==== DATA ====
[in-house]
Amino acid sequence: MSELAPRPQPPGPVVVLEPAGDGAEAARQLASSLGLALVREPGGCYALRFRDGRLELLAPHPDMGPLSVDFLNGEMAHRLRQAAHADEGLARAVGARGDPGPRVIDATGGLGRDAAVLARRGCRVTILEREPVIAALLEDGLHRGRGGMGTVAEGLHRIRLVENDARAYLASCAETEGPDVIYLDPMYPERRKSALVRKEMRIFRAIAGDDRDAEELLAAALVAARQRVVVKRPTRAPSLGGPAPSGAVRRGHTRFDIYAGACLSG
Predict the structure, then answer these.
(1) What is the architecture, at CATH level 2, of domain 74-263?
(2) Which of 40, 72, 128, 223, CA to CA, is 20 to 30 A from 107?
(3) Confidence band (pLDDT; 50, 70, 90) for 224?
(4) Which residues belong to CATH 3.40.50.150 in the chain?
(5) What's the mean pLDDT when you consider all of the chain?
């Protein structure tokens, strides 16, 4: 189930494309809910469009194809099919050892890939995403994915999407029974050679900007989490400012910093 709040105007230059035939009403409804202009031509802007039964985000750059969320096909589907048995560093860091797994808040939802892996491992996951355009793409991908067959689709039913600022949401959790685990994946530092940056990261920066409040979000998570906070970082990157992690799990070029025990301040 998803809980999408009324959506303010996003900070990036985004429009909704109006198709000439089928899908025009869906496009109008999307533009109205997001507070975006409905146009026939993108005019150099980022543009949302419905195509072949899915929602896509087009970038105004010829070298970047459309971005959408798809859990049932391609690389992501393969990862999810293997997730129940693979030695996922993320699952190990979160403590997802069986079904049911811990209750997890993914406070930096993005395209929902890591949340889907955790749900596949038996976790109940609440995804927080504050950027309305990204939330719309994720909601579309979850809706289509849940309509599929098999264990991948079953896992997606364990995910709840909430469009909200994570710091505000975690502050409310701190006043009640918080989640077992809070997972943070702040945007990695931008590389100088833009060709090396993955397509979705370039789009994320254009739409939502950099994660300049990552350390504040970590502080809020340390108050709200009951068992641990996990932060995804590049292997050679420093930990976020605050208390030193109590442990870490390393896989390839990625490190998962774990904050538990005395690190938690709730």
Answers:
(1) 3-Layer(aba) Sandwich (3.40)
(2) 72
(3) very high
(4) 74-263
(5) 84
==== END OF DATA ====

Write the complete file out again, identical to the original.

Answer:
[in-house]
Amino acid sequence: MSELAPRPQPPGPVVVLEPAGDGAEAARQLASSLGLALVREPGGCYALRFRDGRLELLAPHPDMGPLSVDFLNGEMAHRLRQAAHADEGLARAVGARGDPGPRVIDATGGLGRDAAVLARRGCRVTILEREPVIAALLEDGLHRGRGGMGTVAEGLHRIRLVENDARAYLASCAETEGPDVIYLDPMYPERRKSALVRKEMRIFRAIAGDDRDAEELLAAALVAARQRVVVKRPTRAPSLGGPAPSGAVRRGHTRFDIYAGACLSG
Predict the structure, then answer these.
(1) What is the architecture, at CATH level 2, of domain 74-263?
(2) Which of 40, 72, 128, 223, CA to CA, is 20 to 30 A from 107?
(3) Confidence band (pLDDT; 50, 70, 90) for 224?
(4) Which residues belong to CATH 3.40.50.150 in the chain?
(5) What's the mean pLDDT when you consider all of the chain?
């Protein structure tokens, strides 16, 4: 189930494309809910469009194809099919050892890939995403994915999407029974050679900007989490400012910093 709040105007230059035939009403409804202009031509802007039964985000750059969320096909589907048995560093860091797994808040939802892996491992996951355009793409991908067959689709039913600022949401959790685990994946530092940056990261920066409040979000998570906070970082990157992690799990070029025990301040 998803809980999408009324959506303010996003900070990036985004429009909704109006198709000439089928899908025009869906496009109008999307533009109205997001507070975006409905146009026939993108005019150099980022543009949302419905195509072949899915929602896509087009970038105004010829070298970047459309971005959408798809859990049932391609690389992501393969990862999810293997997730129940693979030695996922993320699952190990979160403590997802069986079904049911811990209750997890993914406070930096993005395209929902890591949340889907955790749900596949038996976790109940609440995804927080504050950027309305990204939330719309994720909601579309979850809706289509849940309509599929098999264990991948079953896992997606364990995910709840909430469009909200994570710091505000975690502050409310701190006043009640918080989640077992809070997972943070702040945007990695931008590389100088833009060709090396993955397509979705370039789009994320254009739409939502950099994660300049990552350390504040970590502080809020340390108050709200009951068992641990996990932060995804590049292997050679420093930990976020605050208390030193109590442990870490390393896989390839990625490190998962774990904050538990005395690190938690709730």
Answers:
(1) 3-Layer(aba) Sandwich (3.40)
(2) 72
(3) very high
(4) 74-263
(5) 84